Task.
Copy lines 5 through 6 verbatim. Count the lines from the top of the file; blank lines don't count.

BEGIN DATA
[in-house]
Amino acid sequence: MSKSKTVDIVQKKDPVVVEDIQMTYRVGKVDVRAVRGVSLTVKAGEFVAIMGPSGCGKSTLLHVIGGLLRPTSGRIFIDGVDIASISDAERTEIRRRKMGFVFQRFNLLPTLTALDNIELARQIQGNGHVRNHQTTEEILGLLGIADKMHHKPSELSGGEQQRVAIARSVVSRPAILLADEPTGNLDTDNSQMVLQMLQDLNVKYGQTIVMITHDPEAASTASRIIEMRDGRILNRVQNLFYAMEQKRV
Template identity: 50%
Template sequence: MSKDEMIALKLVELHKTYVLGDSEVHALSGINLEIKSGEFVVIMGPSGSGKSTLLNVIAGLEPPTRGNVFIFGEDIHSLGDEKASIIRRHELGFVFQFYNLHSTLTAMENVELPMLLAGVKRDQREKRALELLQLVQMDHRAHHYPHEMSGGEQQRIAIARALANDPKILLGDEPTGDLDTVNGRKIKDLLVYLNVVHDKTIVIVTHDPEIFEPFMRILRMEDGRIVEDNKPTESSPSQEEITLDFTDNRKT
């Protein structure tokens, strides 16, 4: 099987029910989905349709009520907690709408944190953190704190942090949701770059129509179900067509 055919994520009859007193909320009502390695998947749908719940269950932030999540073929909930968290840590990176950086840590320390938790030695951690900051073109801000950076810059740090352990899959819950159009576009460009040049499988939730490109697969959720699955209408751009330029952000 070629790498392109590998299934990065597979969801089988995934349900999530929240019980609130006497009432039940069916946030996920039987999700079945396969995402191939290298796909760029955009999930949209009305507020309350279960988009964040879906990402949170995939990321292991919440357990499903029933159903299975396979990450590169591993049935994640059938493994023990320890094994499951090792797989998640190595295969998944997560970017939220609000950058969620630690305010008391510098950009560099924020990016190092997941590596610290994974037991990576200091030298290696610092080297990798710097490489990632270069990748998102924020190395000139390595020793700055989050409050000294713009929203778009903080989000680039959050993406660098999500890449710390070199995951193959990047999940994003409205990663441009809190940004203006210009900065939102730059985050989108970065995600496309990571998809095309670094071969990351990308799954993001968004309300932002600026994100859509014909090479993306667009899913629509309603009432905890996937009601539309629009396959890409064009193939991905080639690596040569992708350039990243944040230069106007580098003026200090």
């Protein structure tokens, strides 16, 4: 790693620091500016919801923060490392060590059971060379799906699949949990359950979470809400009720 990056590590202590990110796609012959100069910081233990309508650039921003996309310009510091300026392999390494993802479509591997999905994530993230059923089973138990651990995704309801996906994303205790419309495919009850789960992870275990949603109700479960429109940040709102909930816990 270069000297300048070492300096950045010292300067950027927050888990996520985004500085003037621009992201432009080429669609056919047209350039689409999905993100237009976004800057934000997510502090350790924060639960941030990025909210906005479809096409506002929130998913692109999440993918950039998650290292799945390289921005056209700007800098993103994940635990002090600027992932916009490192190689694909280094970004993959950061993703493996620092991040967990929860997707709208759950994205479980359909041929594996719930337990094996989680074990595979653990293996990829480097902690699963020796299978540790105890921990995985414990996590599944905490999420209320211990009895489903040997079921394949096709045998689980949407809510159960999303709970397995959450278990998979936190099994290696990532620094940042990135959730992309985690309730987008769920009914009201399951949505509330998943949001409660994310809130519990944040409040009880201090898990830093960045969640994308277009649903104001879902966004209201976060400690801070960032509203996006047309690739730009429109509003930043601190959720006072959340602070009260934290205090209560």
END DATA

């Protein structure tokens, strides 16, 4: 099987029910989905349709009520907690709408944190953190704190942090949701770059129509179900067509 055919994520009859007193909320009502390695998947749908719940269950932030999540073929909930968290840590990176950086840590320390938790030695951690900051073109801000950076810059740090352990899959819950159009576009460009040049499988939730490109697969959720699955209408751009330029952000 070629790498392109590998299934990065597979969801089988995934349900999530929240019980609130006497009432039940069916946030996920039987999700079945396969995402191939290298796909760029955009999930949209009305507020309350279960988009964040879906990402949170995939990321292991919440357990499903029933159903299975396979990450590169591993049935994640059938493994023990320890094994499951090792797989998640190595295969998944997560970017939220609000950058969620630690305010008391510098950009560099924020990016190092997941590596610290994974037991990576200091030298290696610092080297990798710097490489990632270069990748998102924020190395000139390595020793700055989050409050000294713009929203778009903080989000680039959050993406660098999500890449710390070199995951193959990047999940994003409205990663441009809190940004203006210009900065939102730059985050989108970065995600496309990571998809095309670094071969990351990308799954993001968004309300932002600026994100859509014909090479993306667009899913629509309603009432905890996937009601539309629009396959890409064009193939991905080639690596040569992708350039990243944040230069106007580098003026200090």
């Protein structure tokens, strides 16, 4: 790693620091500016919801923060490392060590059971060379799906699949949990359950979470809400009720 990056590590202590990110796609012959100069910081233990309508650039921003996309310009510091300026392999390494993802479509591997999905994530993230059923089973138990651990995704309801996906994303205790419309495919009850789960992870275990949603109700479960429109940040709102909930816990 270069000297300048070492300096950045010292300067950027927050888990996520985004500085003037621009992201432009080429669609056919047209350039689409999905993100237009976004800057934000997510502090350790924060639960941030990025909210906005479809096409506002929130998913692109999440993918950039998650290292799945390289921005056209700007800098993103994940635990002090600027992932916009490192190689694909280094970004993959950061993703493996620092991040967990929860997707709208759950994205479980359909041929594996719930337990094996989680074990595979653990293996990829480097902690699963020796299978540790105890921990995985414990996590599944905490999420209320211990009895489903040997079921394949096709045998689980949407809510159960999303709970397995959450278990998979936190099994290696990532620094940042990135959730992309985690309730987008769920009914009201399951949505509330998943949001409660994310809130519990944040409040009880201090898990830093960045969640994308277009649903104001879902966004209201976060400690801070960032509203996006047309690739730009429109509003930043601190959720006072959340602070009260934290205090209560």